A unanimous Commission held in January that the technology transitions currently underway are a positive development for American consumers—holding promise for innovative new services and unleashing innovation and opportunity.  The Commission also agreed that its role is to ensure that these transitions reinforce and advance the fundamental values found in the Communications Act:  public safety, competition, consumer protection, and universal service.

An important transition is the move away from the old copper-based networks to networks that rely on fiber, wireless, and other technologies.  These technologies can offer benefits for consumers and network providers alike.  For example, copper deteriorates quickly in flood situations, and the broadband speeds it can support have been limited (although some innovative companies offer broadband services over copper at speeds above 50 Mbps).  Fiber can support broadband speeds of 1 Gbps or more; wireless facilities are often less costly to deploy and can support use at multiple locations. 

But customers have come to rely on the features and functionalities of the old copper networks.  Communications systems can fail in different ways and for different reasons depending upon the underlying technology used; this raises questions about consumer expectations, and potential consumer harms, as they transition from one technology to another.  For example, based on their experience with copper networks, consumers may expect their plug-in phones to work during a power outage without any action on their part.  Consumers may also expect a variety of familiar data-based services, such as credit card readers, home alarms, and medical alert monitors, to function in a particular way.  Networks other than copper may not support these functionalities, or not in the ways that consumers have come to expect.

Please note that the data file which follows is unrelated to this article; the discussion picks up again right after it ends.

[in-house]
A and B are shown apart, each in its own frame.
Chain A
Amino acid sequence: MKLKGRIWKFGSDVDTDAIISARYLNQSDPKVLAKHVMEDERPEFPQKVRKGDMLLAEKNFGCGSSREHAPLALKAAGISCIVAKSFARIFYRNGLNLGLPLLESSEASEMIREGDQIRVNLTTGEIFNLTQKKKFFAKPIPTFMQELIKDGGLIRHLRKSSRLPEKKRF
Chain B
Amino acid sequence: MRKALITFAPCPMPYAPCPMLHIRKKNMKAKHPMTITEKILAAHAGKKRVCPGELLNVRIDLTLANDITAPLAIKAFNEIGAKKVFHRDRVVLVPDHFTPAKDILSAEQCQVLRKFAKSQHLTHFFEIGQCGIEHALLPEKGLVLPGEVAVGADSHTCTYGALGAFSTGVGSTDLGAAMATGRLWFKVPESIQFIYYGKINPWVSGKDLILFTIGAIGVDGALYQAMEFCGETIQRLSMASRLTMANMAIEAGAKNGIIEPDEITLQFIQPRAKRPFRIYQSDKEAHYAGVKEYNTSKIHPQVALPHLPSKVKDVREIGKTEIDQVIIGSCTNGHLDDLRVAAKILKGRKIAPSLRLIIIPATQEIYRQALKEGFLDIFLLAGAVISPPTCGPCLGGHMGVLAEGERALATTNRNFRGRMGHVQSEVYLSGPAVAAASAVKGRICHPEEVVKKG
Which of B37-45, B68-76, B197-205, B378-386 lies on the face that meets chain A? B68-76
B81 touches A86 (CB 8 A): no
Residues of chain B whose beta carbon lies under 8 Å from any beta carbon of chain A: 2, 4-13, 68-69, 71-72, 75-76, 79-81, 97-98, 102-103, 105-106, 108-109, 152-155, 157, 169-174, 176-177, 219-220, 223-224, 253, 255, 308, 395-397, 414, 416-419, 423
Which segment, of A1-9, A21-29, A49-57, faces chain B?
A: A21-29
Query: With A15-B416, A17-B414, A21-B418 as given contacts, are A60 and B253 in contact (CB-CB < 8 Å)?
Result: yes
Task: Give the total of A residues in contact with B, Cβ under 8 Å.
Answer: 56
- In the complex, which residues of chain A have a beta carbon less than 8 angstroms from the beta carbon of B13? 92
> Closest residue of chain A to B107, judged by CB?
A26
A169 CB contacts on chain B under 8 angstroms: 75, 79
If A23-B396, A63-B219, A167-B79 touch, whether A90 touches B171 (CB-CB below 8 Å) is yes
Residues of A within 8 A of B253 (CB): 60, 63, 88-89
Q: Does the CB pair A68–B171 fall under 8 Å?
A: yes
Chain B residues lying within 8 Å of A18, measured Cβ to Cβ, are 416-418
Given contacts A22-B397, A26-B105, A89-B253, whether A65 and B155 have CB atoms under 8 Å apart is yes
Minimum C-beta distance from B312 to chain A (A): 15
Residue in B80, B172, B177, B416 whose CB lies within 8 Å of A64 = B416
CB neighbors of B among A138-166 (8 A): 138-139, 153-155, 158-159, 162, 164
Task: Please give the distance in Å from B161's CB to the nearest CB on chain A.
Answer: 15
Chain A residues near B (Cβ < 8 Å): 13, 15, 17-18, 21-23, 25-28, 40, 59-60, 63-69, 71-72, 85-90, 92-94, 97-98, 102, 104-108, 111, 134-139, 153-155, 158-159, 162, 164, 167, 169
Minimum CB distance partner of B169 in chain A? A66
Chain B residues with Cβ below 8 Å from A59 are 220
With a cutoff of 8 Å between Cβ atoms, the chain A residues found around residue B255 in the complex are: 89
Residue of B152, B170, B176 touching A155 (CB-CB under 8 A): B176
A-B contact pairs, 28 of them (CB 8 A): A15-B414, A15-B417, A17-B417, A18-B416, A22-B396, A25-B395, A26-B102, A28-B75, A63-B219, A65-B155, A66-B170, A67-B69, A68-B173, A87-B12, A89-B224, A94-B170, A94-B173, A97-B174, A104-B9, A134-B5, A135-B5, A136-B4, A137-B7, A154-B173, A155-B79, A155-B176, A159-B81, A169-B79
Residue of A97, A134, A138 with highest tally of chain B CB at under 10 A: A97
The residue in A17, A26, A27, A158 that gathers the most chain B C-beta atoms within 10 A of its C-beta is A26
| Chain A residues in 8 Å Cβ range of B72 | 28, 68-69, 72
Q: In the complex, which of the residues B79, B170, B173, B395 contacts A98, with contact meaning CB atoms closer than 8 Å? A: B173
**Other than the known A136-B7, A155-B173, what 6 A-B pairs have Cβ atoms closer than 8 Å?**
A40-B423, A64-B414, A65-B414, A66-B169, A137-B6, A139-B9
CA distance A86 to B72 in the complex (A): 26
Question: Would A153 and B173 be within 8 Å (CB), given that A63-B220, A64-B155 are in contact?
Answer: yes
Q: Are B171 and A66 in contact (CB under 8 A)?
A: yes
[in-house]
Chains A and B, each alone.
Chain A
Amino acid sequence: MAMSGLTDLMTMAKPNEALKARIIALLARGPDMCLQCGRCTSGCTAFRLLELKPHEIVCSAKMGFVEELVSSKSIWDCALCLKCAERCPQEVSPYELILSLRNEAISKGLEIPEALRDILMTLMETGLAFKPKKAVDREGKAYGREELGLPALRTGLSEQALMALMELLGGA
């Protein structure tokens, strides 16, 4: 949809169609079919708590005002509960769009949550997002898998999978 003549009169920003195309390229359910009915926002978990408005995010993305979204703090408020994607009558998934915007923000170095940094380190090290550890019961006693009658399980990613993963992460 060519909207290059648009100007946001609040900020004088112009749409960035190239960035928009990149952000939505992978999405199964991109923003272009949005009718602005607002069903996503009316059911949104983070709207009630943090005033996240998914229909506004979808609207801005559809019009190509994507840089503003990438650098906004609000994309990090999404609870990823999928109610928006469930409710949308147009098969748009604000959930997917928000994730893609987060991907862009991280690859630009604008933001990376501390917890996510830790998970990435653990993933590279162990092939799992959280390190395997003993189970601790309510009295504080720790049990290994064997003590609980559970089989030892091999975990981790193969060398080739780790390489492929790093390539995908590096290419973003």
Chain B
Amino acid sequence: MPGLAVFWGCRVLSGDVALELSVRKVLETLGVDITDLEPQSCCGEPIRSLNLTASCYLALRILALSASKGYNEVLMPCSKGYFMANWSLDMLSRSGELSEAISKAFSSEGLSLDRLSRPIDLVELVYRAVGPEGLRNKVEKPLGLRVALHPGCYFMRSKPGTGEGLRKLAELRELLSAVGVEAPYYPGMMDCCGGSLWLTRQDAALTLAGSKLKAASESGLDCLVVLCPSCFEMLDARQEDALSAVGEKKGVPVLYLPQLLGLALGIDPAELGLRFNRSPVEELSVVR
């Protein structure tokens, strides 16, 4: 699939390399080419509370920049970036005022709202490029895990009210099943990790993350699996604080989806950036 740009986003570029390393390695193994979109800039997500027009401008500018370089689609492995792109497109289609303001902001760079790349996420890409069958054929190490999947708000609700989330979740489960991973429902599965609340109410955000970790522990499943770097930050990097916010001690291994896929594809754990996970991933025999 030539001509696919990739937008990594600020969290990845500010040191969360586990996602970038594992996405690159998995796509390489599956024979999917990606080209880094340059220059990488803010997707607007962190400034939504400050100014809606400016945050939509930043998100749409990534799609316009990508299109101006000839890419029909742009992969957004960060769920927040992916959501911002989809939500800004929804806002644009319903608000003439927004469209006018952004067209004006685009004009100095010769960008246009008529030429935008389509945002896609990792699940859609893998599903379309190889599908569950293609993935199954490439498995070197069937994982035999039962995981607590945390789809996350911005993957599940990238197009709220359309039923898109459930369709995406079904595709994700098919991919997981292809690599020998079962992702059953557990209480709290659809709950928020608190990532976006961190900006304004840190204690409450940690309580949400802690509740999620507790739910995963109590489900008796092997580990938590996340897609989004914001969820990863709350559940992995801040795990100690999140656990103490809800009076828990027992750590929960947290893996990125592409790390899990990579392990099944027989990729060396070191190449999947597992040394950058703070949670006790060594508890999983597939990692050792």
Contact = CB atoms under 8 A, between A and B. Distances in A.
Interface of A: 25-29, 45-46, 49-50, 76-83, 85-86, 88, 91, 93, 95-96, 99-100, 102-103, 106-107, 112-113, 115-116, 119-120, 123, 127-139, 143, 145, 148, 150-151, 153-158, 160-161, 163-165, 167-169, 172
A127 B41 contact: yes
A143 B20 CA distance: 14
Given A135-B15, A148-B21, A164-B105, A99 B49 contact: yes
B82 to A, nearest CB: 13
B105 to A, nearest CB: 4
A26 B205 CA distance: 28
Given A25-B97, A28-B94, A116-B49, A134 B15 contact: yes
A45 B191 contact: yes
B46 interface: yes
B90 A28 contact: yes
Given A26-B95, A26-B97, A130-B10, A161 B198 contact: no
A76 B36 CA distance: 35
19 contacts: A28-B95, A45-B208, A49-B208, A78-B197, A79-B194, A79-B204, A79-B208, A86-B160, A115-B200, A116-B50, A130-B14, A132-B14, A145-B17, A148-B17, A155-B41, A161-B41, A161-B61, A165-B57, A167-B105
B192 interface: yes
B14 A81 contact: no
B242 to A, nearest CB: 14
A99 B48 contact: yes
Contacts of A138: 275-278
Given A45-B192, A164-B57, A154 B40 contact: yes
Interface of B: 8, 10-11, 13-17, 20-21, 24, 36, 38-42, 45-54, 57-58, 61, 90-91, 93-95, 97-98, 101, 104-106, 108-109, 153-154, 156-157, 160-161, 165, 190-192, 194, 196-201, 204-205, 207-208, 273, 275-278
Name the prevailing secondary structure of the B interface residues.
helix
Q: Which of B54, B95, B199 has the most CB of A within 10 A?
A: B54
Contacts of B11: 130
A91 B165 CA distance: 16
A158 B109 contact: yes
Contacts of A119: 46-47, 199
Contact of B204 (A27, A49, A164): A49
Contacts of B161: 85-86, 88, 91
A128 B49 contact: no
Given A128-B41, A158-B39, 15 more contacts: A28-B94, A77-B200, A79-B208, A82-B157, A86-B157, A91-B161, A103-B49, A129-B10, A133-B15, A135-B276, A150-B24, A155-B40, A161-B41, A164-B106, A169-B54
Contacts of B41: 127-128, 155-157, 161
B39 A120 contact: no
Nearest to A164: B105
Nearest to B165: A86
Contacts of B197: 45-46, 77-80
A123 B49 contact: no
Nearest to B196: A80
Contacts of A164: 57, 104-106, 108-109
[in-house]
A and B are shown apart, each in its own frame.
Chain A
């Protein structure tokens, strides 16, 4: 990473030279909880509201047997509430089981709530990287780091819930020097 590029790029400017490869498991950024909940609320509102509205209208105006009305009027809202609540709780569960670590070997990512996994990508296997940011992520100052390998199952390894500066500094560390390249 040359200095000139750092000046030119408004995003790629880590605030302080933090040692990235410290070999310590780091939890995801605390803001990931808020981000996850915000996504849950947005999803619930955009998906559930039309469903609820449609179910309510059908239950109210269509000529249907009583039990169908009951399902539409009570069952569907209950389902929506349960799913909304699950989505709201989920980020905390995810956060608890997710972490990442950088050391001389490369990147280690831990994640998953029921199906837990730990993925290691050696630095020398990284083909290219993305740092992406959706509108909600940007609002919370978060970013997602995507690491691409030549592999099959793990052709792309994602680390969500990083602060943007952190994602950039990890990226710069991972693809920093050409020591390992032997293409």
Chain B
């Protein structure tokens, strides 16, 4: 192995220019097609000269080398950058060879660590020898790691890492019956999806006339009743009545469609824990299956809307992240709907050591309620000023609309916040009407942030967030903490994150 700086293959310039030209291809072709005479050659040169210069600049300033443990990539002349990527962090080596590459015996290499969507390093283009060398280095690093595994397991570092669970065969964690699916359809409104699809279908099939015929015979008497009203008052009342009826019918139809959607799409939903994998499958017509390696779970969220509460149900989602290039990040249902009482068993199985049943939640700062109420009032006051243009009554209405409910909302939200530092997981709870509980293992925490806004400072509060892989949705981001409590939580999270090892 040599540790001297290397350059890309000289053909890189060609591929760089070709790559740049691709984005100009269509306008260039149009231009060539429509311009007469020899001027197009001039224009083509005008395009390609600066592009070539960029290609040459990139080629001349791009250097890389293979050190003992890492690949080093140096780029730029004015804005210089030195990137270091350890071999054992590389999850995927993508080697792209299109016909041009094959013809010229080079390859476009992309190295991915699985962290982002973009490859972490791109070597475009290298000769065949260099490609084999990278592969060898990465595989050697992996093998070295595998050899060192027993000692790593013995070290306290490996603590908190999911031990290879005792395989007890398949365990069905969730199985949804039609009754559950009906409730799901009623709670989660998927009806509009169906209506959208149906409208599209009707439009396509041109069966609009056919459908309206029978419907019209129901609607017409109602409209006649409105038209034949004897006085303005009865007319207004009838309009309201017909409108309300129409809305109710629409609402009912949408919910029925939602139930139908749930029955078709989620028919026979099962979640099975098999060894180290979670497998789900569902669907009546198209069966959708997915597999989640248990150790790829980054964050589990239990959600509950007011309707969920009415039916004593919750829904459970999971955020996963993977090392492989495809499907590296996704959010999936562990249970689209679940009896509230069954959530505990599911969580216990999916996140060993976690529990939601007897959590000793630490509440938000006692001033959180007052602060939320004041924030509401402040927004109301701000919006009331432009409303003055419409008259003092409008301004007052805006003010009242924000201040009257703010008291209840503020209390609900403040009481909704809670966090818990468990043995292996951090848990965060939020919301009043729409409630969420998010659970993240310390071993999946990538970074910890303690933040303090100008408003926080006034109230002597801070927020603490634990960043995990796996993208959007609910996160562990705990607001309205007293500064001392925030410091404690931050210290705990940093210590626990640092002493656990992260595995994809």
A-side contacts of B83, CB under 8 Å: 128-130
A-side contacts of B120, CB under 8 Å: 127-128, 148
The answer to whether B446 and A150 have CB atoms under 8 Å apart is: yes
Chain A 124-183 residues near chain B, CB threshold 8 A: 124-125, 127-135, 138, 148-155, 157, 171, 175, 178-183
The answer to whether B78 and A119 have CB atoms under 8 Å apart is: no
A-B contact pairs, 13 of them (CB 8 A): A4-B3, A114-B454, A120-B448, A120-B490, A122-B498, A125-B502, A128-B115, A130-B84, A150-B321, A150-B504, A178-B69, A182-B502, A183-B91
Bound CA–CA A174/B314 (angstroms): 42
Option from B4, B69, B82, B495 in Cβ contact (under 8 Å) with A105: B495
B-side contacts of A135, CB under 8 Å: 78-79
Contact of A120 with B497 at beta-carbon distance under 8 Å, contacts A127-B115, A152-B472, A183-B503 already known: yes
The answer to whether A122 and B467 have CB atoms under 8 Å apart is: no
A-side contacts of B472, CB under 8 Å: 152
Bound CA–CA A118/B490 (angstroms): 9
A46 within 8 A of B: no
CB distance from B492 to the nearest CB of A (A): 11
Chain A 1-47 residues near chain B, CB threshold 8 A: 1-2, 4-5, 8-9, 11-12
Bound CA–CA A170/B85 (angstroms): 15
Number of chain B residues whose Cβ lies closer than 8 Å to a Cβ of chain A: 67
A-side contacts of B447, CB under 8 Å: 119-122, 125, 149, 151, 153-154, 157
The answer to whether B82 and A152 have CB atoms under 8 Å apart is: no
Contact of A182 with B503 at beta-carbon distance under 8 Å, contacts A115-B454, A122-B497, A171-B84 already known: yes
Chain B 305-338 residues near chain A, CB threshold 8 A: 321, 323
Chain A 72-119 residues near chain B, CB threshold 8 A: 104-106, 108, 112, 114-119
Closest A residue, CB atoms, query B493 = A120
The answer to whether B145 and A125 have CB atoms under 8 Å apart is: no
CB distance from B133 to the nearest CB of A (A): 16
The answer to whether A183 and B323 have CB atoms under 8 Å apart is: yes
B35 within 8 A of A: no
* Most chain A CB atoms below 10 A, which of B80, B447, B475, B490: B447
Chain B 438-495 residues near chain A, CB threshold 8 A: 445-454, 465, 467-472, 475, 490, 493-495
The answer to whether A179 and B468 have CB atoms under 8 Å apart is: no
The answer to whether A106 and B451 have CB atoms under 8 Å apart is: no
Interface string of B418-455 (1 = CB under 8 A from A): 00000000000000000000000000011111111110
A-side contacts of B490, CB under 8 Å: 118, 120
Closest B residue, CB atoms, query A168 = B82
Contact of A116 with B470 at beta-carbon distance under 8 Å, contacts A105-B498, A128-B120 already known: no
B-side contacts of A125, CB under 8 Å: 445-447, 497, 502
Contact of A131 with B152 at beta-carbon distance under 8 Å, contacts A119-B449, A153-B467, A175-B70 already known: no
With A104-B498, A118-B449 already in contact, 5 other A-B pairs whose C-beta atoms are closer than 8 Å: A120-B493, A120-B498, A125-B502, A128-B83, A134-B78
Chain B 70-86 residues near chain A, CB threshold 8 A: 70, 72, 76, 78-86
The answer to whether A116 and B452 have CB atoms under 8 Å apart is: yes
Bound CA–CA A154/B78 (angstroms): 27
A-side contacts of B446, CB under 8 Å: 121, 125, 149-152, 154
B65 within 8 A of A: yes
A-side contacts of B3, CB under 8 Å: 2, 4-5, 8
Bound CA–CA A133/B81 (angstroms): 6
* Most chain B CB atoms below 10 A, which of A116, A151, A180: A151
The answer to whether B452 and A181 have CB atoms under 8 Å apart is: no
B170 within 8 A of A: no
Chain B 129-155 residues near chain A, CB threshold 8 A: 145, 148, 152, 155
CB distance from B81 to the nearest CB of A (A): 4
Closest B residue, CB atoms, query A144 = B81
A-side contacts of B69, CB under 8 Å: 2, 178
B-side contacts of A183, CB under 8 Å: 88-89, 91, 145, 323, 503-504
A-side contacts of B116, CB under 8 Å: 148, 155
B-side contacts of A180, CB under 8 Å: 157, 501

The FCC supports the transition to fiber and other next-generation networks while ensuring that the core values entrusted to us by Congress remain in place.  We intend to monitor technology transitions closely to assess how communications providers are maintaining this balance and to keep consumers informed.  If we find that core values are not being maintained in these transitions, then it is the FCC’s responsibility to protect customers consistent with what Congress told us to do. 

Of course, communications providers can take important actions on their own—and we encourage them to do so.  For example, we expect providers to inform customers of the changes that they might see in a move away from copper-based networks—so that they know how and under what terms critical functions are supported with the new technologies.  If a particular function will no longer be supported, carriers should explain that to their customers in a clear, understandable manner. 

With all of this in mind, I’d like to make three points about ways the public can be informed about, and have a voice in, technology transitions that affect them—including in transitions away from copper networks.